Advanced Chemistry: PART
uv and visible light absorption spectroscopy - hemoglobin
Chemistry Advanced Level Pre-University Chemistry Revision Study Notes for UK IB
KS5 A/AS GCE advanced A level organic chemistry students US K12 grade 11 grade 12 organic chemistry
of analysis and molecular structure determination
SPECTROSCOPY INDEXES *
All Advanced Organic
Chemistry Notes *
The origin of colour, the wavelengths of
visible light, our perception!
theory, spectrometer, examples of absorption & reflectance spectra
spectra - index of examples: uses, applications, more on the
chemistry of colour
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mobile phone/ipad etc. in 'landscape' mode *
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The oxygen carrier haemoglobin (hemoglobin, Hb), when oxygenated
forms oxyhaemoglobin (oxyhemoglobin, HbO2),
Hb + O2
However, there are four heme groups to which an
oxygen molecule can be attached (see diagram below), so at any given
time the oxygenated hemoglobin molecule may be carrying between one
and four O2 molecules.
This explains why iron is an essential mineral nutrient in
Oxyhemoglobin gives strong absorption in
many regions of the visible light spectrum except in the visible red region, so it
appears as red molecule - it is effectively a transition metal complex of
iron(II), though ligand system is a bit more complicated than usual.
Iron must be in the iron(II) state as square planar
bonding arrangement in the complex involving the Fe2+ ion.
Hb-FeII + O2
Deoxyhaemoglobin (deoxyhemoglobin) is a slightly pale
crimson colour with a greater absorbance in the red visible light region,
BUT NOT blue as indicated for convenience in many biology textbooks and my
website biology pages too!
The crucial part of the haemoglobin molecule and where it fits into the
In haemoglobin, the two hydrogen atoms of a porphyrin ring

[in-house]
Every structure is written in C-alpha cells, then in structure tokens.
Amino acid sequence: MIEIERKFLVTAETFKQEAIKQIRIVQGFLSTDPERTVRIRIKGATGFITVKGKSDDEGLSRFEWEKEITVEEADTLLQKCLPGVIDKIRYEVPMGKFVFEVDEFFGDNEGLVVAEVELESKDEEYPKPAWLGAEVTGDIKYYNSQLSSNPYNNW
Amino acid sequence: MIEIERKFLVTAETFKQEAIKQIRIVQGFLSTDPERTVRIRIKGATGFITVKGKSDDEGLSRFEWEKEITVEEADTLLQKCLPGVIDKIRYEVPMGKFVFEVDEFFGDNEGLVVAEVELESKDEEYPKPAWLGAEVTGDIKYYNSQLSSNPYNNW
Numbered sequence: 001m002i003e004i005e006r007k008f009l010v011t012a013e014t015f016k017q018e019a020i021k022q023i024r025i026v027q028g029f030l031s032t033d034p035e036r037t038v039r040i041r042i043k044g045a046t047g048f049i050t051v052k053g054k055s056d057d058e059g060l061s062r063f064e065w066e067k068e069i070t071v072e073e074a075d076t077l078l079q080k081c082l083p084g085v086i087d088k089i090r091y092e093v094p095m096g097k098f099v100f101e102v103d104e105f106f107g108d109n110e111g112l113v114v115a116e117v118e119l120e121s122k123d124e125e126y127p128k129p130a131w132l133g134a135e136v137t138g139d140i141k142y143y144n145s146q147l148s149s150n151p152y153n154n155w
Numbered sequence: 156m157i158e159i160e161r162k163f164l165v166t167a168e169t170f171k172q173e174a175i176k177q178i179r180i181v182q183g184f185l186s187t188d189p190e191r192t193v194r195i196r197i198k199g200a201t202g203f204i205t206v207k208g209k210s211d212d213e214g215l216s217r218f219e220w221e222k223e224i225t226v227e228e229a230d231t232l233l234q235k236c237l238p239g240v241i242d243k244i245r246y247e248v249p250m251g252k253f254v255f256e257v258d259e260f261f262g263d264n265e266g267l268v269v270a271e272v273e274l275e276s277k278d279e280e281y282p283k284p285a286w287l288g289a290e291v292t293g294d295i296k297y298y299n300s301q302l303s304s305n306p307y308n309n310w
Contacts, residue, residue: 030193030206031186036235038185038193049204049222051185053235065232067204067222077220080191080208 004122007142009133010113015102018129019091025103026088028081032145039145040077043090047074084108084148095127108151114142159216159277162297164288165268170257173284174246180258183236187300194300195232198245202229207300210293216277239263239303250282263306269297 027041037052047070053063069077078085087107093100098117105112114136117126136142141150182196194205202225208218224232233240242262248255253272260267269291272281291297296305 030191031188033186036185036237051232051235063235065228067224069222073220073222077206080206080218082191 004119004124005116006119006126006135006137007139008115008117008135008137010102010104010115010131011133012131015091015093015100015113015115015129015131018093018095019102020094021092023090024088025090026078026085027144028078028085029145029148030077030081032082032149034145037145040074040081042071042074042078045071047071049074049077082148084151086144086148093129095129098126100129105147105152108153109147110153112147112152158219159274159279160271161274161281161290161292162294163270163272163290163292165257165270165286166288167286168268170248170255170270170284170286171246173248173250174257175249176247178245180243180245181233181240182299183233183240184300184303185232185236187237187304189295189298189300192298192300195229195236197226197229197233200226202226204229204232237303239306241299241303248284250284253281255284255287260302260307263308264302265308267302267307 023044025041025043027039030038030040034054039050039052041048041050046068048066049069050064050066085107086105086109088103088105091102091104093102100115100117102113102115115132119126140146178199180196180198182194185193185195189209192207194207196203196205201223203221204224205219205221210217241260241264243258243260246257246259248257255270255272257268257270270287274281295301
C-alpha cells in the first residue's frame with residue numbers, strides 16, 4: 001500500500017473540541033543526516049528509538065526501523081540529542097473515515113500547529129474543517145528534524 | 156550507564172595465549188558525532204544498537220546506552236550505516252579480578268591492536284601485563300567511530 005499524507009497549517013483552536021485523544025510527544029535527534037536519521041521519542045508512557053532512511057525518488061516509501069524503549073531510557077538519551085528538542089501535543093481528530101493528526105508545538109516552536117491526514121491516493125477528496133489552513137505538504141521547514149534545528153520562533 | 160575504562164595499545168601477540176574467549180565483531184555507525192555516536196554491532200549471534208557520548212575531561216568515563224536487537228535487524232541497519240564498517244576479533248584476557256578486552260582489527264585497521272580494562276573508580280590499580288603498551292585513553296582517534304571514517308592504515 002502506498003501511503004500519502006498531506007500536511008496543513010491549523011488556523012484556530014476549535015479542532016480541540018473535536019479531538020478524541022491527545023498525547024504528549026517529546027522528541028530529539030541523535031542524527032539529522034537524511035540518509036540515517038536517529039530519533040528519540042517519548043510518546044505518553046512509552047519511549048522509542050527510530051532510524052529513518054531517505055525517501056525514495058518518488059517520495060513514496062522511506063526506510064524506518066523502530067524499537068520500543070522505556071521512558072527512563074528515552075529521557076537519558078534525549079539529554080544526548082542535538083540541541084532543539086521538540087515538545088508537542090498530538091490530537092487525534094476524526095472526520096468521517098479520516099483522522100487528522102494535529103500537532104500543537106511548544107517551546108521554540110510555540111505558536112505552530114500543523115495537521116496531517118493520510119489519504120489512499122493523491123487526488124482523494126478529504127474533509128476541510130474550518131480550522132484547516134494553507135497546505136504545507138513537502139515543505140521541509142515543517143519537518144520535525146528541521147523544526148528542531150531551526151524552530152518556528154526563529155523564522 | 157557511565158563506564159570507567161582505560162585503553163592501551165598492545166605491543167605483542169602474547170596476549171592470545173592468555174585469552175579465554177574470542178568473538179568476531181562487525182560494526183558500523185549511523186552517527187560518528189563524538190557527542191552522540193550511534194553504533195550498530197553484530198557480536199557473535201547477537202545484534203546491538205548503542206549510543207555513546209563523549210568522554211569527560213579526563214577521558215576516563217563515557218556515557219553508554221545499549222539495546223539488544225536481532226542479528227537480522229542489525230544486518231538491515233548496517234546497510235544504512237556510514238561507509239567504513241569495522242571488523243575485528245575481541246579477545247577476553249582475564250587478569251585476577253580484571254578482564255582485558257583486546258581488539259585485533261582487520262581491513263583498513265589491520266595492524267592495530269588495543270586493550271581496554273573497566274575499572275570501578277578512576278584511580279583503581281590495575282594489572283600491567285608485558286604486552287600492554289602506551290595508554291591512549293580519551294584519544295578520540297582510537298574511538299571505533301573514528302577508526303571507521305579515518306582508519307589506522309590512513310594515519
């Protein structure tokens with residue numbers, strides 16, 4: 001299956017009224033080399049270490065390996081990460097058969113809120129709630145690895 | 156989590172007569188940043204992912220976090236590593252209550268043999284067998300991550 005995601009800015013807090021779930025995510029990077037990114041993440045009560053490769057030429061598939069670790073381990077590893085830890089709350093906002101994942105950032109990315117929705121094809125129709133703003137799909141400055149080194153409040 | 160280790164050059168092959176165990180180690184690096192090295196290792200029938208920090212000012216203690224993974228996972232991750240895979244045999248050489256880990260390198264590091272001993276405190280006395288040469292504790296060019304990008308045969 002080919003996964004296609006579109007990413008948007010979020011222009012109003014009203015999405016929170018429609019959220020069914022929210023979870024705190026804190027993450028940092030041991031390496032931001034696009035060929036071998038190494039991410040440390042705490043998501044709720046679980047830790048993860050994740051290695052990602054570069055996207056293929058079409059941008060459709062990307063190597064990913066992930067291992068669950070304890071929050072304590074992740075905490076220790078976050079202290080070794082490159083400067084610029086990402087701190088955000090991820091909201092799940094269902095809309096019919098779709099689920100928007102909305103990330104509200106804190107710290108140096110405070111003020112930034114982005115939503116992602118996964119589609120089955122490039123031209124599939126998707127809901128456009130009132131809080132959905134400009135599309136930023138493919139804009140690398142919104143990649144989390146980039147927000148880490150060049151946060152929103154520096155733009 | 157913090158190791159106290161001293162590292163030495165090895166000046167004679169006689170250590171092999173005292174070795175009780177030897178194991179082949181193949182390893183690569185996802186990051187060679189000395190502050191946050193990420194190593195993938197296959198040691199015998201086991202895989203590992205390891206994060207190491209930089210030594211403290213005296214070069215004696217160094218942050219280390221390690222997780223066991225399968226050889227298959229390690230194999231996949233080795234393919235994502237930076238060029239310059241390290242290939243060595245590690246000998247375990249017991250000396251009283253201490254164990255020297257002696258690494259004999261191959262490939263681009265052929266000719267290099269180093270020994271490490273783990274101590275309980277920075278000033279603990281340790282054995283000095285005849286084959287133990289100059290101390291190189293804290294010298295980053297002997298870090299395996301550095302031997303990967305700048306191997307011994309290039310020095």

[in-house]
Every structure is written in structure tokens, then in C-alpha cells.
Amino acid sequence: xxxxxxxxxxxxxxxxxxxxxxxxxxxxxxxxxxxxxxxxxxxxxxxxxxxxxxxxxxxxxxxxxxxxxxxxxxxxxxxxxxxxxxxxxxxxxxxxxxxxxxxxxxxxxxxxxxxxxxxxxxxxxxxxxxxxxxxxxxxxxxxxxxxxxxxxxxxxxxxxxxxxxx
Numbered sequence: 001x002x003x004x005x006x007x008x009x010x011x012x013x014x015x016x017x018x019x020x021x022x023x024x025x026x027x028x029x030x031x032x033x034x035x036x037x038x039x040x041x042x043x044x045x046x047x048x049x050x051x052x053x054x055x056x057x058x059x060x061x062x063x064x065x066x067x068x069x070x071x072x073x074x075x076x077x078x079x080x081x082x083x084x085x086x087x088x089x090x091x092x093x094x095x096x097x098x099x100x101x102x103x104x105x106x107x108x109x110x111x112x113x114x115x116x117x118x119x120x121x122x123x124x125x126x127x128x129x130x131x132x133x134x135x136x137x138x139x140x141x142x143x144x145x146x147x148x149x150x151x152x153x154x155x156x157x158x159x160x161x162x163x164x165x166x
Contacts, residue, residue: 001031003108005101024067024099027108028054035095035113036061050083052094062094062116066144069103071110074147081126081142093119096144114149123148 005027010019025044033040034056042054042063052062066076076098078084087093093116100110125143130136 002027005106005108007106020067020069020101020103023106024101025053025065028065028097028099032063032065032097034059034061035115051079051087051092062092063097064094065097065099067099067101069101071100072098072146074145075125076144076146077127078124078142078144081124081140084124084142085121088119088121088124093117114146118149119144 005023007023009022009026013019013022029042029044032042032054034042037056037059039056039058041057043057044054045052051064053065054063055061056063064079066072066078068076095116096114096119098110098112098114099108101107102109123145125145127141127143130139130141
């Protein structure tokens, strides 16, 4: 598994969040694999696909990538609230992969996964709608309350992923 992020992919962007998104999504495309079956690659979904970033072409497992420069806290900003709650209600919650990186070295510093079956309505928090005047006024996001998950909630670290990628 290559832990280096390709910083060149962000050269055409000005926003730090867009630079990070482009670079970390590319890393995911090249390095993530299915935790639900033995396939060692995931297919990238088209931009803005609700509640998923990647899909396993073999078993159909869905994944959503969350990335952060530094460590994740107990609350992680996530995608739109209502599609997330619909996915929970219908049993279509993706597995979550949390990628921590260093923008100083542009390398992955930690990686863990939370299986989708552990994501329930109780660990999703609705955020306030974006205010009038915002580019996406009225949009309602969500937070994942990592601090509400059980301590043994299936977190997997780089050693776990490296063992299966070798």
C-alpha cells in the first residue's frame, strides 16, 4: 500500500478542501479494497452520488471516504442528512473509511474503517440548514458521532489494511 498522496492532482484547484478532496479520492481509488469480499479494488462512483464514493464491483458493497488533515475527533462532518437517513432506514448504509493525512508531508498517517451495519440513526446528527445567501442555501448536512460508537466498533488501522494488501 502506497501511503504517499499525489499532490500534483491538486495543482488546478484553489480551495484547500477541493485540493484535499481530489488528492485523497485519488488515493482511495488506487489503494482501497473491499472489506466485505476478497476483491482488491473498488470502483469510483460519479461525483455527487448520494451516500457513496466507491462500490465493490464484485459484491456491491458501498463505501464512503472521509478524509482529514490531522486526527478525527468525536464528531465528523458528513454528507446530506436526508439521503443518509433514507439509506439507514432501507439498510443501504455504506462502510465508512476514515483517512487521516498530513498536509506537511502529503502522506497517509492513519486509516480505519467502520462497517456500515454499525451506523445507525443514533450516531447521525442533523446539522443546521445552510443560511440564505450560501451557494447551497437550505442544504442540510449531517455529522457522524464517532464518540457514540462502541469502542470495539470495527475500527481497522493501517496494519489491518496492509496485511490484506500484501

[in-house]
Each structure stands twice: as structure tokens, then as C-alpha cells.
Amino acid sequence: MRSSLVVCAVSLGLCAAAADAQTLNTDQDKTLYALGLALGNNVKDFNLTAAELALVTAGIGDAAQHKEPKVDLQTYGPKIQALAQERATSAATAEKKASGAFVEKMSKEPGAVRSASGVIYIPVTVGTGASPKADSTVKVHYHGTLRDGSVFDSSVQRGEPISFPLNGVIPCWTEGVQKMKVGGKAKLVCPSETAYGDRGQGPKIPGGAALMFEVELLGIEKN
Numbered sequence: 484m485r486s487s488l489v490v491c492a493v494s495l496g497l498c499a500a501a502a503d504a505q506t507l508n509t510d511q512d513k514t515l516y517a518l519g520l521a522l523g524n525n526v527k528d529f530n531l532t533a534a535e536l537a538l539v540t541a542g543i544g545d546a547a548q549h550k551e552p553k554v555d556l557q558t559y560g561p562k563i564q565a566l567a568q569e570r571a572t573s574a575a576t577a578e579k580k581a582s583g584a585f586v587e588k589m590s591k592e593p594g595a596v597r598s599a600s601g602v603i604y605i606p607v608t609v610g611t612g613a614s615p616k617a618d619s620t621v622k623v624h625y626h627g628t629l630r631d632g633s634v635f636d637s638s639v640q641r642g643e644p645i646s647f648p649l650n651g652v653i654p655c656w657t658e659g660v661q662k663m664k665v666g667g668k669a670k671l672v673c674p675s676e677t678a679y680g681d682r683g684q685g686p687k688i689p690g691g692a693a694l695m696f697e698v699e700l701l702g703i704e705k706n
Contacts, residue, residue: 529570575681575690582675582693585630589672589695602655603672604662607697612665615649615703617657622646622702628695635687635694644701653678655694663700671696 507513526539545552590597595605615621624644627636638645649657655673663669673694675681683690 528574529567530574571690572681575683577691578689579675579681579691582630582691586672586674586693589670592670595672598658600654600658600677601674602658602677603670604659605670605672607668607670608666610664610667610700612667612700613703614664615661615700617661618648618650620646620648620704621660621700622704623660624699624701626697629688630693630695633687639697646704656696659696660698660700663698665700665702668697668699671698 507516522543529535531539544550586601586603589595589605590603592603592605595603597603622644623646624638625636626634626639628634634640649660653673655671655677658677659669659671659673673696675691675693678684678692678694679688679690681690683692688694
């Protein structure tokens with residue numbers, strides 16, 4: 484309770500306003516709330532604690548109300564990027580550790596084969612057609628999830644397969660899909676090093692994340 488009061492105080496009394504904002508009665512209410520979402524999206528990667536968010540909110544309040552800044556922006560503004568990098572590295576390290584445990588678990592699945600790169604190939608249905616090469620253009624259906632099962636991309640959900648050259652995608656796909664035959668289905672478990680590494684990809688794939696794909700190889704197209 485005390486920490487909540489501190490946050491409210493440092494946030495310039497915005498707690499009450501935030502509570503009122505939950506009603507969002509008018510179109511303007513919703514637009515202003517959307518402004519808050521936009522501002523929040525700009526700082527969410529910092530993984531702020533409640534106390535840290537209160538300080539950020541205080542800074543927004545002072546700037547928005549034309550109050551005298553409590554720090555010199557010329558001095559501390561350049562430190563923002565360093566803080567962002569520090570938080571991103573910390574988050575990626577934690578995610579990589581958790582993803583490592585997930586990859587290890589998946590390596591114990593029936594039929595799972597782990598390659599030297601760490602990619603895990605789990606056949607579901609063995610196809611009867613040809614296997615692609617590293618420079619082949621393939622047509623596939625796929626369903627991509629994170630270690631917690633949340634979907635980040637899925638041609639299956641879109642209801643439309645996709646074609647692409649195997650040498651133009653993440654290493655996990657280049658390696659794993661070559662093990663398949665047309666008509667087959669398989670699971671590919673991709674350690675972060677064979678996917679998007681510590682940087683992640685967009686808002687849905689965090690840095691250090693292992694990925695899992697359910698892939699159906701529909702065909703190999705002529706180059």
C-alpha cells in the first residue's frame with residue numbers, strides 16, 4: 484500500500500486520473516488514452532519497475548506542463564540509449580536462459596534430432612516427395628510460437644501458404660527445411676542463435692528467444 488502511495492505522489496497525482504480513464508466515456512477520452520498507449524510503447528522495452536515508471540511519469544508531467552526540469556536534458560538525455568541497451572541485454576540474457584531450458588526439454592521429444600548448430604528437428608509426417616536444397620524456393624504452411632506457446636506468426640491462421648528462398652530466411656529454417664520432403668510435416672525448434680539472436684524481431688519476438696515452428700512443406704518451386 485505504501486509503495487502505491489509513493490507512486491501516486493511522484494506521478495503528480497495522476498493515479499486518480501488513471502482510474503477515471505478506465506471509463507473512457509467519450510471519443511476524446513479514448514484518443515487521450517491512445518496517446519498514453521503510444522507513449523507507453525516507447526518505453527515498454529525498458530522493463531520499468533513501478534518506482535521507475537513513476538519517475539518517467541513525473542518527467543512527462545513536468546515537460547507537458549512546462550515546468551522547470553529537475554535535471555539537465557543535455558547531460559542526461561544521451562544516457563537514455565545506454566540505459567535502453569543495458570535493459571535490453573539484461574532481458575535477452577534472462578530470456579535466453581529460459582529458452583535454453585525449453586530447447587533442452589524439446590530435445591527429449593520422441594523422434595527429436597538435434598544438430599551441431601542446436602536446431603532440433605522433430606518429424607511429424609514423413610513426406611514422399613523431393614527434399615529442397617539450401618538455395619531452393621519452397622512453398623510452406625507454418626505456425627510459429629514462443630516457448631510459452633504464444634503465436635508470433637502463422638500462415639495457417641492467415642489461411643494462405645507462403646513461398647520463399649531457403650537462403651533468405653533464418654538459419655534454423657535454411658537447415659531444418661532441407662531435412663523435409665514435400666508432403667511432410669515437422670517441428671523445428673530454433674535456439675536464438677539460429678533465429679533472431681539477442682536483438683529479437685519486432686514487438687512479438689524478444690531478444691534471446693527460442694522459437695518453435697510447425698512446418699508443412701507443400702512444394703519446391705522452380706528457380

(shown in the left) are replaced by the Fe2+ ion.
The porphyrin ring as 26 pi electrons and
forms a large conjugated system with the Fe2+
ion, a complex in which the energies
required for electron excitation include the energies of
visible light photons e.g. in the blue to yellow regions.
The co-ordination number of the iron complex is 6 with an
octahedral arrangement of 6 covalent bonds.
There are four covalent bonds from the four nitrogen
atoms of the porphyrin ring in a square planar arrangement.
Below the plane, a protein molecule is coordinated with
the Fe2+ ion and below the plane either a water molecule or
an oxygen molecule is coordinated to the Fe2+ ion to complete
the octahedral arrangement.
The haemoglobin molecule is effectively acting as a
polydentate ligand in forming the iron(II) complex.
See transition metals Appendix 2.
for an Introduction to complexes
The porphyrin ring - iron(II) association amounts a typical
transition metal complex and the oxygen molecule is effectively a fifth
Apart from the four heme groups capable of carrying an oxygen
rest of the molecular structure, for each heme group, includes polypeptide
sequences of 141 alpha amino acids and 146 beta amino acids. Its a big
The whole molecule is an association of two alpha and two
beta subunits, shown in red and blue on the above diagram.
The four heme groups are shown in green on the same diagram
The haemoglobin molecule image was adapted from
Hemoglobin and medical conditions
(i) Unfortunately, the iron(II) ion can bind with other
molecules including deadly carbon monoxide.
carbon monoxide's several mechanisms of toxicity is binding with
circulating hemoglobin to form carboxyhemoglobin, resulting in a
Hb-FeII + CO
Unfortunately, carbon monoxide binds to haemoglobin
240 x more strongly than oxygen, so the more CO you breathe in,
the less oxygen you have for respiration, hence its toxic nature.
So it can actually displace oxygen from
Hb-FeII -O2 + CO
Hb-FeII-CO + O2
Carbon monoxide poisoning can be reversed by
treating the patient with oxygen to move the equilibrium to the left
- the concentration rule of Le Chatelier's equilibrium principles.
(ii) Sickle cell anaemia
Hemoglobin (HbS) has existed in humans for thousands
HbS arise from a mutation in the gene controlling
the building of the beta-globin chain in the haemoglobin molecule.
It causes the formation of insoluble polymers that
severe damage to the red blood cell membrane causing a considerable
deficiency in transportation of oxygen around the body.
Damage to the red blood cell membrane gives rise to
reduced cell survival and chronic hemolytic anemia (haemolytic
Key words & phrases: interpreting the uv-visible absorption spectra of
identifying the maximum absorption peaks in the uv-visible absorption spectra of
hemoglobin haemoglobin, explaining the uv-visible absorption spectra of
hemoglobin haemoglobin, how to use the visible
absorption spectra of hemoglobin haemoglobin to explain the different colours of
hemoglobin haemoglobin, applications of the uv-visible absorption spectra of
hemoglobin haemoglobin aspects of the molecular of haemoglobin hemoglobin
oxyhaemoglobin oxyhemoglobin deoxyhemoglobin deoxyhaemoglobin spectra
UV and visible spectroscopy index
All Advanced Organic
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